Why Regulators Should Dump Anti-Rebating Laws

By | September 18, 2017

  • November 7, 2018 at 2:29 pm
    Jax Agent says:
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    I think scrapping anti-rebating laws is a terrible idea. Not everyone that buys insurance is the owner of the company or business. As slimy as some agents/brokers are with anti-rebating laws in place, I can only imagine what the marketplace might look like with ‘payola’ becoming part of the equation.
    Is it not enough that agents/brokers are ethically bound to deliver the best insurance product they can to their clients ?
    Sorry, but there are good reasons that these regulations are in place.

  • June 3, 2019 at 1:21 pm
    Martin says:
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    I agree with most of what he has to say except for banks.. Banks Have a way in which they have reduced some of my clients interest rate to get their Business owners policy.. It is hard to prove but it does happen. You get a loan for your business and if that bank writes insurance they have lowered your interest to get that packaged business owners policies.

  • August 12, 2020 at 11:44 pm
    okt0ber says:
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    This is a terrible idea. It works in California because they have such strong rate regulation. Illinois has no rate regulation, so I can just see how this could lead to “Oh, you want to cancel, but wait, we’ll randomly lower your rate by X if you stay”… No thanks. As far as commercial P&C, this would disproportionately favor big brokers over mainstreet agents who may not have the means to entice a customer with a big rebate.

  • December 2, 2022 at 10:03 am
    John Dough says:
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    Yeah, no thanks, Mr. Attorney.

    Rebating laws were established because of the bad behavior of some (many?) of the players in the game. The laws weren’t conceived out of the blue by overzealous bureaucrats drunk on regulatory overreach.

    • July 15, 2023 at 7:24 pm
      Kerwin Tschetter says:
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      regulatory overreach ???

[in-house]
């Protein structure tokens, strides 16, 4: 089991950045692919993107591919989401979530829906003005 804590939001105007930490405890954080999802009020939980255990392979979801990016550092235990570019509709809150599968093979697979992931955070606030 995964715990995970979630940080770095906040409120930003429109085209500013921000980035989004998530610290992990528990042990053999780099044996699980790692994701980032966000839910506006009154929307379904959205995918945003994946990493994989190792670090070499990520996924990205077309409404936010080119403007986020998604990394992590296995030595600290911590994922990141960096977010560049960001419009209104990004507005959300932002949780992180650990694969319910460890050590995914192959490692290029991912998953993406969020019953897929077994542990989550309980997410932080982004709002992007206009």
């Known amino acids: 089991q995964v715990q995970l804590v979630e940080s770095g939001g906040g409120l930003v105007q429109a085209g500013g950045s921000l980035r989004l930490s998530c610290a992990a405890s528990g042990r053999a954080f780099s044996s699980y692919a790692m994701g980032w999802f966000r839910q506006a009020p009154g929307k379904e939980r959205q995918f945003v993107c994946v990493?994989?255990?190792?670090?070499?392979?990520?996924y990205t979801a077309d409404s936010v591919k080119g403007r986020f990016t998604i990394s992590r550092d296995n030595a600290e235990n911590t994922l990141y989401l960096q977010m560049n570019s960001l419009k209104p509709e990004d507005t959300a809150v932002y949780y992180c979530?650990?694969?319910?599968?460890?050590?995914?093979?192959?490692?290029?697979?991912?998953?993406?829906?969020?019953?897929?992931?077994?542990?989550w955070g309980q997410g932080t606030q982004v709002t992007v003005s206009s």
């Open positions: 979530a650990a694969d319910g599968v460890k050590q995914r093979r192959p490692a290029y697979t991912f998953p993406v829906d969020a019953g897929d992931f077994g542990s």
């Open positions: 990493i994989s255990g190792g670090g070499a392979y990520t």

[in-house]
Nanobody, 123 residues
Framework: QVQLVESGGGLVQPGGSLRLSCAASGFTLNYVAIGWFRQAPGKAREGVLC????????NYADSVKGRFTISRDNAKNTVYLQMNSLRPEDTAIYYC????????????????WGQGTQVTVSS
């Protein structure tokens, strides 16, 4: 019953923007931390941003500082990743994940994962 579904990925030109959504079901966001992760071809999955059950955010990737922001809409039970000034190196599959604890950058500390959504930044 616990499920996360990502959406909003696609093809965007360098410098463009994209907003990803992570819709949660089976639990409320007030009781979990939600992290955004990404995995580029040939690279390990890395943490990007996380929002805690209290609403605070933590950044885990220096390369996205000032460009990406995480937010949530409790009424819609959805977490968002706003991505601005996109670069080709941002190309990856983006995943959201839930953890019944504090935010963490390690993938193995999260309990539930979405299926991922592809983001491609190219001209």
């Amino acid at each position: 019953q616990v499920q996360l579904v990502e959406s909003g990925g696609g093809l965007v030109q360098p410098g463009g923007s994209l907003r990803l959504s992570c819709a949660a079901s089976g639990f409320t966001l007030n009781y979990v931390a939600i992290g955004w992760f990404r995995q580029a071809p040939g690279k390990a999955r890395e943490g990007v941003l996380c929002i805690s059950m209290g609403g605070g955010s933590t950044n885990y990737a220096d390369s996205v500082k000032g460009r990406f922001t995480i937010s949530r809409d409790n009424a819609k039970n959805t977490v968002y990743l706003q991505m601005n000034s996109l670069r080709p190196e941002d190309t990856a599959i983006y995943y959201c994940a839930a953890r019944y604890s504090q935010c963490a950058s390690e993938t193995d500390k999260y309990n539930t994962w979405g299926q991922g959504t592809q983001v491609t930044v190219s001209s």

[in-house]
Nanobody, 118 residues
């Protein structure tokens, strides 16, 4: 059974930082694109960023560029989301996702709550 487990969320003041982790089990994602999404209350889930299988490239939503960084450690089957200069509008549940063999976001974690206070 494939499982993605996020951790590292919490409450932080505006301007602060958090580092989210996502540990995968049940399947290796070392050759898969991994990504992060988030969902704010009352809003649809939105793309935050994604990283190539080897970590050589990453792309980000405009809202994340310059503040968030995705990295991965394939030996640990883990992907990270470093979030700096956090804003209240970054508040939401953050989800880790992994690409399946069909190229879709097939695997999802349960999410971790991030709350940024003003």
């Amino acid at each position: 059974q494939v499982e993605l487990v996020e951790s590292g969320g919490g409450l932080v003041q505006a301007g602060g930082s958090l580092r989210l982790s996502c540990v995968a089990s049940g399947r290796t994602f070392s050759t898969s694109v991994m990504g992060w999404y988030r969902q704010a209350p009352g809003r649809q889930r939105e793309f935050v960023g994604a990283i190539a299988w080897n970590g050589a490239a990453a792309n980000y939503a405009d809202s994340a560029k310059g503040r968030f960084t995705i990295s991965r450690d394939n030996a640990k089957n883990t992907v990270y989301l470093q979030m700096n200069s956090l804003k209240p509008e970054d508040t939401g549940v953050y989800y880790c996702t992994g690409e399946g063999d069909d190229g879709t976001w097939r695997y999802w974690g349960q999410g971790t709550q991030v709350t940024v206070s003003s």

Do you mean like:

      “These price wars occurred after California deregulated its
      insurance market in 1995.”

      Alaska State Legislature (akleg.gov)


      “Dear Speaker Kott: [Who was later convicted for taking bribes from the VECO Corporation.]

      Under the authority of article III, section 18, of the Alaska
      Constitution, I am transmitting a bill aimed at a crisis in the Alaska
      Workers’ Compensation insurance industry. Resolving this issue is
      vitally important to Alaska’s employers and employees. Specifically,
      this bill deals with the after-effects of Fremont Insurance Company’s
      insolvency (Fremont). Fremont was a California based workers
      compensation insurer. It was writing about 27 percent of the workers’
      compensation insurance policies in Alaska by the year 2000.

      Fremont was heavily involved in California’s workers’ compensation
      price wars.

      These price wars occurred after California deregulated its
      insurance market in 1995.

      Insurers like Fremont cut prices and
      scrambled for market share. The result was that 41 workers’
      compensation carriers in California went insolvent or quit doing
      business in the state to avoid insolvency. Fremont joined the group of

      2004-01-28 House Journal Page 2416
      failed insurers when it was declared insolvent in July, 2003. Fremont
      left Alaska employers and employees “holding the bag” with liability
      for claims worth approximately $60 million.

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